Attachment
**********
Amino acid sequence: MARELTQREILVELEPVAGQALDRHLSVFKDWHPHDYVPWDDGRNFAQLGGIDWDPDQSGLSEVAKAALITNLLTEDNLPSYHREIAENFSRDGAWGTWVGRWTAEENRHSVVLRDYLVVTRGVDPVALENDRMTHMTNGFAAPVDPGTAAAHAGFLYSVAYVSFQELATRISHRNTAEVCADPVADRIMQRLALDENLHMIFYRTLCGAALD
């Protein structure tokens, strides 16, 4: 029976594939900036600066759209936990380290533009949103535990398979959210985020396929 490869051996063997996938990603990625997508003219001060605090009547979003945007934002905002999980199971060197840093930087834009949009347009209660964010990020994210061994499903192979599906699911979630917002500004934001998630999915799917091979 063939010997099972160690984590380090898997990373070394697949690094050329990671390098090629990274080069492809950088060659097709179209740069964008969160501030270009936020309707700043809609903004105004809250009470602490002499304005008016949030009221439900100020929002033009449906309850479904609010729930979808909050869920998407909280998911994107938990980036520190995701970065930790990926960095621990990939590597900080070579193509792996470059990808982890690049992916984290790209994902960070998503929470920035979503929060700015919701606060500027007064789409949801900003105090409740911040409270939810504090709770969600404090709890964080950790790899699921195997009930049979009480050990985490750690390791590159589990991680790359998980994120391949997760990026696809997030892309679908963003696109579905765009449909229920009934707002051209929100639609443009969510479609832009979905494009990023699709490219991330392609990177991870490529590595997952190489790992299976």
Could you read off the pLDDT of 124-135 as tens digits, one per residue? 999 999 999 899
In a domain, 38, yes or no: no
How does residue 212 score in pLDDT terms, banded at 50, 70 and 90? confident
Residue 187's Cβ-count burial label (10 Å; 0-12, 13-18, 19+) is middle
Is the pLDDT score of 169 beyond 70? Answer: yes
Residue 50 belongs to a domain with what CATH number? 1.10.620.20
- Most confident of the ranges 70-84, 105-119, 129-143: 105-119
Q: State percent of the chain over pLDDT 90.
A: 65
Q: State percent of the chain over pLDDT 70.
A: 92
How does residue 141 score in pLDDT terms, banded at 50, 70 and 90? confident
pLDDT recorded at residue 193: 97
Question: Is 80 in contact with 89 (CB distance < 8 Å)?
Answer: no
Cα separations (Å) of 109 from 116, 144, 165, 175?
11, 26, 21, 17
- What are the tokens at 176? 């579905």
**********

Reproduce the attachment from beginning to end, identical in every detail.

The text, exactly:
Amino acid sequence: MARELTQREILVELEPVAGQALDRHLSVFKDWHPHDYVPWDDGRNFAQLGGIDWDPDQSGLSEVAKAALITNLLTEDNLPSYHREIAENFSRDGAWGTWVGRWTAEENRHSVVLRDYLVVTRGVDPVALENDRMTHMTNGFAAPVDPGTAAAHAGFLYSVAYVSFQELATRISHRNTAEVCADPVADRIMQRLALDENLHMIFYRTLCGAALD
């Protein structure tokens, strides 16, 4: 029976594939900036600066759209936990380290533009949103535990398979959210985020396929 490869051996063997996938990603990625997508003219001060605090009547979003945007934002905002999980199971060197840093930087834009949009347009209660964010990020994210061994499903192979599906699911979630917002500004934001998630999915799917091979 063939010997099972160690984590380090898997990373070394697949690094050329990671390098090629990274080069492809950088060659097709179209740069964008969160501030270009936020309707700043809609903004105004809250009470602490002499304005008016949030009221439900100020929002033009449906309850479904609010729930979808909050869920998407909280998911994107938990980036520190995701970065930790990926960095621990990939590597900080070579193509792996470059990808982890690049992916984290790209994902960070998503929470920035979503929060700015919701606060500027007064789409949801900003105090409740911040409270939810504090709770969600404090709890964080950790790899699921195997009930049979009480050990985490750690390791590159589990991680790359998980994120391949997760990026696809997030892309679908963003696109579905765009449909229920009934707002051209929100639609443009969510479609832009979905494009990023699709490219991330392609990177991870490529590595997952190489790992299976």
Could you read off the pLDDT of 124-135 as tens digits, one per residue? 999 999 999 899
In a domain, 38, yes or no: no
How does residue 212 score in pLDDT terms, banded at 50, 70 and 90? confident
Residue 187's Cβ-count burial label (10 Å; 0-12, 13-18, 19+) is middle
Is the pLDDT score of 169 beyond 70? Answer: yes
Residue 50 belongs to a domain with what CATH number? 1.10.620.20
- Most confident of the ranges 70-84, 105-119, 129-143: 105-119
Q: State percent of the chain over pLDDT 90.
A: 65
Q: State percent of the chain over pLDDT 70.
A: 92
How does residue 141 score in pLDDT terms, banded at 50, 70 and 90? confident
pLDDT recorded at residue 193: 97
Question: Is 80 in contact with 89 (CB distance < 8 Å)?
Answer: no
Cα separations (Å) of 109 from 116, 144, 165, 175?
11, 26, 21, 17
- What are the tokens at 176? 């579905």